Updated 07 December 2015

10 easy ways to protect your joints

Your joints take a lot of punishment. Even when you’re completely healthy, daily activity and exercise put strain on them. Here's how to protect them.


Your joints take a lot of punishment. Even when you’re completely healthy, daily activity and exercise put strain on them. But when you have arthritis, your joints become cranky and creaky, susceptible to flare-ups. Here are thirteen simple ways to get the best from your joints while minimising pain and discomfort.

Your joints are wondrous, complex configurations of sinew, bone, cartilage and fluid – tough but fragile, flexible but limited. You need to keep them moving or they’ll seize up. You need to rest them or they’ll swell. So what are your options?

  • Start with heat, end with cold: many people find that they can have an enjoyable and beneficial workout by combining warm and cold compresses to arthritic joints;
  • Start slowly: Whether you’re going for a walk or pushing weights, start gently. If your exercise involves walking the dog and it’s an energetic hound, let it run around and burn off some energy first;
  • Choose appropriate exercise: you might enjoy playing rugby, but you need to face up the fact that it’s bad for your joints. Try range-of-motion exercises such as swimming, t’ai chi, yoga, or even ballroom dancing;
  • Stick to your routine: You should do range-of-motion exercises every day, or every other day at the most. You can vary their intensity, depending on how much pain you have, but you should make a point of moving the joints to keep them flexible;
  • Wear a brace: lightweight casts and braces are very effective at restricting the movement of joints. Some people feel a little self-conscious about wearing them, but they work;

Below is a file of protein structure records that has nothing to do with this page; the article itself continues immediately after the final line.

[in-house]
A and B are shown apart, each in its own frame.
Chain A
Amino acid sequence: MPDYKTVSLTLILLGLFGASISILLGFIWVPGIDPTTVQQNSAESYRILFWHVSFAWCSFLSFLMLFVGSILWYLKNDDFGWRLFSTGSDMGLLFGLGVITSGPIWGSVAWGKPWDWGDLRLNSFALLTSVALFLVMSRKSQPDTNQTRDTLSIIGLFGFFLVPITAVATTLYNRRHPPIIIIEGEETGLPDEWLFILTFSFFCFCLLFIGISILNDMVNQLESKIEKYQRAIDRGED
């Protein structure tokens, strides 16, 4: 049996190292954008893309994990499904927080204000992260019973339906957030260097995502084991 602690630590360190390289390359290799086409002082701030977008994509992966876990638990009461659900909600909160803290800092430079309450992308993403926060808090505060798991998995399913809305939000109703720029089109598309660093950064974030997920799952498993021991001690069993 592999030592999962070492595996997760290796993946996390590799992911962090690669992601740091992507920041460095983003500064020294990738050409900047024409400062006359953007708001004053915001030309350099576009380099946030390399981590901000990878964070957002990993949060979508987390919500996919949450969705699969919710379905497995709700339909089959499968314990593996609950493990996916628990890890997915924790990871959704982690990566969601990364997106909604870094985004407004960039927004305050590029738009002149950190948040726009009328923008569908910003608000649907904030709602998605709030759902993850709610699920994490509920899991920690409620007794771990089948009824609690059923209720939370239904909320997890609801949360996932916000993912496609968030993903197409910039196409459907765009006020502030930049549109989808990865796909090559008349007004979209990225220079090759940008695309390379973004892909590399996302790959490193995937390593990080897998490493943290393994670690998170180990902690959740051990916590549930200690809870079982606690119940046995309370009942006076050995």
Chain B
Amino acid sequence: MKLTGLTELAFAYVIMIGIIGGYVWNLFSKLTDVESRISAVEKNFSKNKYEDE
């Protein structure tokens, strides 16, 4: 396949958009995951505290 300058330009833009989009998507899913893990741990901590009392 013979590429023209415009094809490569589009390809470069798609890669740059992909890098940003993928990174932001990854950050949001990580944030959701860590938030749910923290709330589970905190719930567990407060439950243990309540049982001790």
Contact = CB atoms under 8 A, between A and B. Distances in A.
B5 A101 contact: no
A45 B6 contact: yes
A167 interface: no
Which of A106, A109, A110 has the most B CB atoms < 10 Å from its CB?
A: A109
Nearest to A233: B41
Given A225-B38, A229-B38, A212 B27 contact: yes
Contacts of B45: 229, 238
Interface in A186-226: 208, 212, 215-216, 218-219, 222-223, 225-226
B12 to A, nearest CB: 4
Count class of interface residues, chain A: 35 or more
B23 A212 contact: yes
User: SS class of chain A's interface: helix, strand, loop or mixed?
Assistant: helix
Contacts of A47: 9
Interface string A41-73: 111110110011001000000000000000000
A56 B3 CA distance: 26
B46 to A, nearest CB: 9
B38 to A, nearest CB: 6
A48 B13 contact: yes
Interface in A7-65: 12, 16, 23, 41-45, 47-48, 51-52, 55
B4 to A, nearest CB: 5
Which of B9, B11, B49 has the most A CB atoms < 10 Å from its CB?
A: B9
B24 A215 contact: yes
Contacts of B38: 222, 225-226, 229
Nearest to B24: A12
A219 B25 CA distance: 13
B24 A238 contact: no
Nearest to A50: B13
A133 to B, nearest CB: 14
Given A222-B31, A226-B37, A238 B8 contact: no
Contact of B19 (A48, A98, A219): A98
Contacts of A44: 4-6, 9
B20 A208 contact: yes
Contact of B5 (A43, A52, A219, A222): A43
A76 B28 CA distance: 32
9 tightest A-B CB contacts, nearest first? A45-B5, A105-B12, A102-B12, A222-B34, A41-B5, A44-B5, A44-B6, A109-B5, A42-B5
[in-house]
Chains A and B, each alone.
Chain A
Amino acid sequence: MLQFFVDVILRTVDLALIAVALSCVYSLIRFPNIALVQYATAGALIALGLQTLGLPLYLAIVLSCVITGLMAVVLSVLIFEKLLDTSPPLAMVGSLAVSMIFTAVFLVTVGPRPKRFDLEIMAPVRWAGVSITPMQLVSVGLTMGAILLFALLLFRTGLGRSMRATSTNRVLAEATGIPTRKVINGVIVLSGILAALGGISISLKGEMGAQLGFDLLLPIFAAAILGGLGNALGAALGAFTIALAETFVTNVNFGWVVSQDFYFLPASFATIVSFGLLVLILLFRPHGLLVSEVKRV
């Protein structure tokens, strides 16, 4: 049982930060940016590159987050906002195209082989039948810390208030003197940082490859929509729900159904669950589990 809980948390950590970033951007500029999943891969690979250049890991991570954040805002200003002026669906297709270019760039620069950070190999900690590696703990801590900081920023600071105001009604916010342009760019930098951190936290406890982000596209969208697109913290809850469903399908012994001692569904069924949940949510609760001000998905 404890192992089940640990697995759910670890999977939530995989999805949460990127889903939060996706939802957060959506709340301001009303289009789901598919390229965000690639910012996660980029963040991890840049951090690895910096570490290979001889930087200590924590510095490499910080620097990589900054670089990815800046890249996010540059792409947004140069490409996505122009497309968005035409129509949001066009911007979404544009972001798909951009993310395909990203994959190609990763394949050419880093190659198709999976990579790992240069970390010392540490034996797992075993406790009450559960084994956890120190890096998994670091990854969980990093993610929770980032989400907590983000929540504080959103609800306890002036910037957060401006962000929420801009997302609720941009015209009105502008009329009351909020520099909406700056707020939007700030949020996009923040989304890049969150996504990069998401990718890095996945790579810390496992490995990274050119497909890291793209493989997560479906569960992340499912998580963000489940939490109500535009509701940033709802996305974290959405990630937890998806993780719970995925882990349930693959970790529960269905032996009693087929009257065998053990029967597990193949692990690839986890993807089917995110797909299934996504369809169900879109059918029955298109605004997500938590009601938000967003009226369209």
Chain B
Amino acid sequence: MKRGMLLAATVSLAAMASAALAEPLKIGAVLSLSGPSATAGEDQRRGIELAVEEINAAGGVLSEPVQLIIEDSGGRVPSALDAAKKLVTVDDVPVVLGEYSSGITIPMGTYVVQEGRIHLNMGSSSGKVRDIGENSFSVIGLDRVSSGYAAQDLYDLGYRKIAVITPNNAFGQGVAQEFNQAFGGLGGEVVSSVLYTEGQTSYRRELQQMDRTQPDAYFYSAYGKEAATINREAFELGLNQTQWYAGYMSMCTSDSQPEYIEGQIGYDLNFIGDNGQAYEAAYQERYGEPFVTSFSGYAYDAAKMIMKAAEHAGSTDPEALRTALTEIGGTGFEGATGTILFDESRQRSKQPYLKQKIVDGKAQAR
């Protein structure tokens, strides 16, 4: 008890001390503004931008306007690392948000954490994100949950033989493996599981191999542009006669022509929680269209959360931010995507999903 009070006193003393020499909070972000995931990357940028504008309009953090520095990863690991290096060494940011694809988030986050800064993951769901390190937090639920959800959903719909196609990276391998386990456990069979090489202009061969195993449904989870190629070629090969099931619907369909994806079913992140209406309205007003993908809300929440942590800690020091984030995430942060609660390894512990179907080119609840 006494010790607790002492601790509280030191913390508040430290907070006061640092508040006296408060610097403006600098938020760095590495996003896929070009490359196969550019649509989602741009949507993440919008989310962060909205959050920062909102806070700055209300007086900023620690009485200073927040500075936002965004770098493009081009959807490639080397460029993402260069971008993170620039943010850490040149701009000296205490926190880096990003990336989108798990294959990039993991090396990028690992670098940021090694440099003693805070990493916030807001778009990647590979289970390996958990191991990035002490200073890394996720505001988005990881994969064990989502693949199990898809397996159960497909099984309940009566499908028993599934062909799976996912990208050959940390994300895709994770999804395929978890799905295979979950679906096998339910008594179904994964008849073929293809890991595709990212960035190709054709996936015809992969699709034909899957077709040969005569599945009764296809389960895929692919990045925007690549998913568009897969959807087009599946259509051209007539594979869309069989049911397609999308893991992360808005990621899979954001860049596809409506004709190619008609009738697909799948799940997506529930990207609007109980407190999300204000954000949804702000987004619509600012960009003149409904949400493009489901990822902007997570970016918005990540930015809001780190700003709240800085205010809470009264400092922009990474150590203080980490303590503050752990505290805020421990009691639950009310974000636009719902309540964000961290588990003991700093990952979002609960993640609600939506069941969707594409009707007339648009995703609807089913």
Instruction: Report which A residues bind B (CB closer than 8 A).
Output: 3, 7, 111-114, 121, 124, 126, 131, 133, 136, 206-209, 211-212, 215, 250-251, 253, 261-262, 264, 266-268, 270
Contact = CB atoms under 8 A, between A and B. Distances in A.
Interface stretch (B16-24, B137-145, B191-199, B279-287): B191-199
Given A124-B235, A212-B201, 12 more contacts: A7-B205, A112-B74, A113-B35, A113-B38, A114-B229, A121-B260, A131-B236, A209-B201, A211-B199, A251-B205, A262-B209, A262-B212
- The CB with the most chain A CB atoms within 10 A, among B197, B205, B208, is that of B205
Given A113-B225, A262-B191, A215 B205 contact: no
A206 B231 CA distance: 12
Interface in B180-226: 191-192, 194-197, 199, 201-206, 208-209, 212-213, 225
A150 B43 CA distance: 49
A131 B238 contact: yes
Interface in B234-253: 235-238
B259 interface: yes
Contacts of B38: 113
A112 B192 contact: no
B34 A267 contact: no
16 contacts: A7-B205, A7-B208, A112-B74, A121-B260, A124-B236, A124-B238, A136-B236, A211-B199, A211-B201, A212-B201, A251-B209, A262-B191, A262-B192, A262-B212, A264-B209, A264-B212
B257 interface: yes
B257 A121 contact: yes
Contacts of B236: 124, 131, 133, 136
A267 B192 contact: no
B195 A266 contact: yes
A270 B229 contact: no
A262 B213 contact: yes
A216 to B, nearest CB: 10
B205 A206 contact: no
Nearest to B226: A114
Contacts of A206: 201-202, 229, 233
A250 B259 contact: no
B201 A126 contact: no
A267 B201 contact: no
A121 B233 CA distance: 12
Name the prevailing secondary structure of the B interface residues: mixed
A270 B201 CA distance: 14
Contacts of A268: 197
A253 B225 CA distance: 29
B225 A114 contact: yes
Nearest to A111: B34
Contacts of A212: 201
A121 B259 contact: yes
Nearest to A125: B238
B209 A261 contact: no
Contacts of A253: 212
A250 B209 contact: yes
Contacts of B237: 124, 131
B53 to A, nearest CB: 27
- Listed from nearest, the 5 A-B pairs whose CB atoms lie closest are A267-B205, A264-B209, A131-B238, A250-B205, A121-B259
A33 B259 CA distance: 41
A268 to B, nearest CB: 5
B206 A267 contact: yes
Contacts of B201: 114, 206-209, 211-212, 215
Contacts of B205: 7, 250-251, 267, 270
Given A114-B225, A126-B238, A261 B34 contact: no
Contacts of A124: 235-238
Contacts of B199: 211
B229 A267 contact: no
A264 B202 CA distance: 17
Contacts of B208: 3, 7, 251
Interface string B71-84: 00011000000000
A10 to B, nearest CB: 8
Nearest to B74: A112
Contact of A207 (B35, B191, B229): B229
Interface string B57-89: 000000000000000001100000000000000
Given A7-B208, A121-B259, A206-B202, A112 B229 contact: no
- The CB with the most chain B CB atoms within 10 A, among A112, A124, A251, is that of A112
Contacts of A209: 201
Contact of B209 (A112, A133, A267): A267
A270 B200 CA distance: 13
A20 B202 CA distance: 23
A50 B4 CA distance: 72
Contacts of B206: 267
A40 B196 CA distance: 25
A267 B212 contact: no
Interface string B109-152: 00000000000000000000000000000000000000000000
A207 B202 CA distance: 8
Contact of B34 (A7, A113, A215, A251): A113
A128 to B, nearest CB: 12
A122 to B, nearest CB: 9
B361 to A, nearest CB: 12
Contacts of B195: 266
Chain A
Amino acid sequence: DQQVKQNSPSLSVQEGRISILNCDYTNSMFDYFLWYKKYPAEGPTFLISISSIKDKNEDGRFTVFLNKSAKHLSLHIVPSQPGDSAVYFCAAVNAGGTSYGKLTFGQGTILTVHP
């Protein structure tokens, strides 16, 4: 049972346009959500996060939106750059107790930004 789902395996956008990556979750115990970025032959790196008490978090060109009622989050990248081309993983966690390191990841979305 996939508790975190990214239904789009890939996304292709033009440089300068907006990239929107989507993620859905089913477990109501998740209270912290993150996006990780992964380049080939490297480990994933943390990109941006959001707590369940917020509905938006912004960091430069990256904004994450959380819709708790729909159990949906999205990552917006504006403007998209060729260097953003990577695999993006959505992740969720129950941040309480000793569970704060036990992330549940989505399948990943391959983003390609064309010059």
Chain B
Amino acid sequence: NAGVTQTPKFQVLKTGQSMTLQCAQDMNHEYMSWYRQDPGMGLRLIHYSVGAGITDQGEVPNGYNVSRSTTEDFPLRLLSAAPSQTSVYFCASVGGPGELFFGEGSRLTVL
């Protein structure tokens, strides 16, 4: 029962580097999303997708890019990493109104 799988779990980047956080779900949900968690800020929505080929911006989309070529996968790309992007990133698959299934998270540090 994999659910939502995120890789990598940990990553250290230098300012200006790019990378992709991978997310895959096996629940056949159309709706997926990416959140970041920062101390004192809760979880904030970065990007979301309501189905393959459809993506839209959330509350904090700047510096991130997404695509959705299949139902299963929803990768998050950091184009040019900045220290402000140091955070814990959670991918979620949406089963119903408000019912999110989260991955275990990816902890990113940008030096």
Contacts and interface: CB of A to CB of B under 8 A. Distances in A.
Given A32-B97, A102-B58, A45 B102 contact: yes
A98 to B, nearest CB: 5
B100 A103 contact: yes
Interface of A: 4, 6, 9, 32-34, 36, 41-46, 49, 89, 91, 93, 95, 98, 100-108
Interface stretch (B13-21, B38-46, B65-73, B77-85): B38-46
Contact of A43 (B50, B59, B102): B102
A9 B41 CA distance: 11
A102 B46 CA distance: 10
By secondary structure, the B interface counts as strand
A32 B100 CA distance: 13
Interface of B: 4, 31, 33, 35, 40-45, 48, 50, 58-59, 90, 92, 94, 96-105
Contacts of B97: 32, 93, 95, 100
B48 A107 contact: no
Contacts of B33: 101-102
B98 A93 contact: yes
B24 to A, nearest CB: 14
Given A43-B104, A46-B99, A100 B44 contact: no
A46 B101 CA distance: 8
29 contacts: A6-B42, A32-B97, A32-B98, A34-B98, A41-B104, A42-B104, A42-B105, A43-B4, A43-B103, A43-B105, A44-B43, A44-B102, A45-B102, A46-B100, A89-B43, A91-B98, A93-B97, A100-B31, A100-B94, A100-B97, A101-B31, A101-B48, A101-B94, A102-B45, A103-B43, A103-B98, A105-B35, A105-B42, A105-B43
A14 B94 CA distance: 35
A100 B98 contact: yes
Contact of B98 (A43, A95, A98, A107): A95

• Get help: no one will call you a hero for carrying eight bags of shopping to the car. Use a trolley or pay someone to carry them. The same applies to transferring washing from the washing machine to the tumble drier;
  • Invest in gadgets: Replace your fancy tap handles with handles. Get fat foam sleeves to fit over your slender pens and pencils;
  • Bury your dignity: you might think you look like a crock when you walk with a cane. You don’t. You look dignified and distinguished. And it’ll ease the load on your knees;
  • Don’t rule out surgery: Having a knee or hip replacement might seem like a huge event, but these procedures are now refined and successful. People who’ve had them done find that they have great benefits;
  • Lose weight: Even a few extra kilograms will add to the strain on your joints. You needn’t be a rail-thin, but keeping your weight down or losing weight can significantly add to the mileage you’ll get out of your joints;
  • Know when to get help: Familiarise yourself with the symptoms. Know when to see a doctor, such as when your pain is accompanied by a fever, or if the pain in say, a wrist is accompanied by numbness or tingling in the fingers.
  • Listen to your body: If a joint becomes inflamed, ease off until the inflammation subsides. You can’t “work though” the pain of an inflamed joint;
  • Harness technology: qualified professionals employ a dazzling variety of pain relief techniques. Be open to suggestion, even if you haven’t tried a technique before, whether it’s ultrasound, acupuncture, TENS (transcutaneous electrical nerve stimulation), or biofeedback

Read more:

Knee Pain Stretches & Exercises

7 everyday things that could be damaging your joints


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Professor Asgar Ali Kalla completed his MBChB (Bachelor of Medicine and Bachelor of Surgery) degree in 1975 at the University of Cape Town and his FRCP in 2003 in London. Professor Ali Kalla is the Isaac Albow Chair of Rheumatology at the University of Cape Town and also the Head of Division of Rheumatology at Groote Schuur Hospital. He has participated in a number of clinical trials for rheumatology and is active in community outreach. Prof Ali Kalla is an expert in Arthritis for Health24.

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